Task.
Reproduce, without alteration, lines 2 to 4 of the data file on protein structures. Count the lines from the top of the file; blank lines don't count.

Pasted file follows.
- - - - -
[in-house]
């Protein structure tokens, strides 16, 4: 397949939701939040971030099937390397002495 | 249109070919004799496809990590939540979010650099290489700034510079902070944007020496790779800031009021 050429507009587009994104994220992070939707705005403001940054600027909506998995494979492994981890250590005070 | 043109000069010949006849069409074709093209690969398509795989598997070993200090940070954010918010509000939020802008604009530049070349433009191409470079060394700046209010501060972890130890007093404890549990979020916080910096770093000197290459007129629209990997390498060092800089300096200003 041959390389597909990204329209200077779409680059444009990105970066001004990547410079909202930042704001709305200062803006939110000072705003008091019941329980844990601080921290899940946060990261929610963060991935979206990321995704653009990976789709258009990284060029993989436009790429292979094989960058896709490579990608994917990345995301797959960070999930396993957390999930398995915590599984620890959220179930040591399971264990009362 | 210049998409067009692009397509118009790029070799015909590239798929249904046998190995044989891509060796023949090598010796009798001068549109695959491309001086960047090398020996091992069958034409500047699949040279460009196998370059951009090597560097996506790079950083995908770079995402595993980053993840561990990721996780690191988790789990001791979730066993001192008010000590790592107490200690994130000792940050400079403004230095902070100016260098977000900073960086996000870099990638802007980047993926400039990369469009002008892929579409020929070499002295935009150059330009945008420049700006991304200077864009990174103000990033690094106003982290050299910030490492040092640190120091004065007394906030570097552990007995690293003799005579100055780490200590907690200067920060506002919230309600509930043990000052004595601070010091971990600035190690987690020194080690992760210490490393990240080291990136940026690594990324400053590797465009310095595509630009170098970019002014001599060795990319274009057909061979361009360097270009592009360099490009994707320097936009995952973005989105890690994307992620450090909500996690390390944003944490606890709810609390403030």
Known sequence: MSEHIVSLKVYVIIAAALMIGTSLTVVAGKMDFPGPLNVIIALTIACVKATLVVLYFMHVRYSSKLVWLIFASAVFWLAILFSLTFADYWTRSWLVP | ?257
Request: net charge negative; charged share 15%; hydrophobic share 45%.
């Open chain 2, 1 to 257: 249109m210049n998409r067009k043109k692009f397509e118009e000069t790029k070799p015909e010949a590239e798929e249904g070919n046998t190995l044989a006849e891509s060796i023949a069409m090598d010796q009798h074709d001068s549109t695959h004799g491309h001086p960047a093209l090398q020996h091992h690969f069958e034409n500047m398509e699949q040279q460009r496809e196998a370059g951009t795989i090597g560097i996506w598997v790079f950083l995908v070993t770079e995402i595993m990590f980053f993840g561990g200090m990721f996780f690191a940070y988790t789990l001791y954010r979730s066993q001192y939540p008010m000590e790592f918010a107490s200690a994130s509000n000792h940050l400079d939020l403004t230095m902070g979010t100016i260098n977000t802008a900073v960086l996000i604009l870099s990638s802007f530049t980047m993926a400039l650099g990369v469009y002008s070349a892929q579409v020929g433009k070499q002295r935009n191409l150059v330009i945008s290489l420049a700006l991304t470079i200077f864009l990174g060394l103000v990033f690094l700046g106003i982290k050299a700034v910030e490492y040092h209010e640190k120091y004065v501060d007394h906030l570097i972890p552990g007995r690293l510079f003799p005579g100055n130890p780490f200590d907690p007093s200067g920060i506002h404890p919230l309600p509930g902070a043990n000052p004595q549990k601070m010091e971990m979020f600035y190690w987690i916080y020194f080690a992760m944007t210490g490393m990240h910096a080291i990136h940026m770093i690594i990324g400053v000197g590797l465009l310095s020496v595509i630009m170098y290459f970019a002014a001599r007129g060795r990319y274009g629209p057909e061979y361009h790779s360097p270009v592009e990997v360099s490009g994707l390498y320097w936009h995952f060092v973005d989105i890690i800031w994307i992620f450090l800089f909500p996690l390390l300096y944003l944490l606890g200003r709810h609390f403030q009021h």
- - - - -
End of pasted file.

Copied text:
């Protein structure tokens, strides 16, 4: 397949939701939040971030099937390397002495 | 249109070919004799496809990590939540979010650099290489700034510079902070944007020496790779800031009021 050429507009587009994104994220992070939707705005403001940054600027909506998995494979492994981890250590005070 | 043109000069010949006849069409074709093209690969398509795989598997070993200090940070954010918010509000939020802008604009530049070349433009191409470079060394700046209010501060972890130890007093404890549990979020916080910096770093000197290459007129629209990997390498060092800089300096200003 041959390389597909990204329209200077779409680059444009990105970066001004990547410079909202930042704001709305200062803006939110000072705003008091019941329980844990601080921290899940946060990261929610963060991935979206990321995704653009990976789709258009990284060029993989436009790429292979094989960058896709490579990608994917990345995301797959960070999930396993957390999930398995915590599984620890959220179930040591399971264990009362 | 210049998409067009692009397509118009790029070799015909590239798929249904046998190995044989891509060796023949090598010796009798001068549109695959491309001086960047090398020996091992069958034409500047699949040279460009196998370059951009090597560097996506790079950083995908770079995402595993980053993840561990990721996780690191988790789990001791979730066993001192008010000590790592107490200690994130000792940050400079403004230095902070100016260098977000900073960086996000870099990638802007980047993926400039990369469009002008892929579409020929070499002295935009150059330009945008420049700006991304200077864009990174103000990033690094106003982290050299910030490492040092640190120091004065007394906030570097552990007995690293003799005579100055780490200590907690200067920060506002919230309600509930043990000052004595601070010091971990600035190690987690020194080690992760210490490393990240080291990136940026690594990324400053590797465009310095595509630009170098970019002014001599060795990319274009057909061979361009360097270009592009360099490009994707320097936009995952973005989105890690994307992620450090909500996690390390944003944490606890709810609390403030």
Known sequence: MSEHIVSLKVYVIIAAALMIGTSLTVVAGKMDFPGPLNVIIALTIACVKATLVVLYFMHVRYSSKLVWLIFASAVFWLAILFSLTFADYWTRSWLVP | ?257
Request: net charge negative; charged share 15%; hydrophobic share 45%.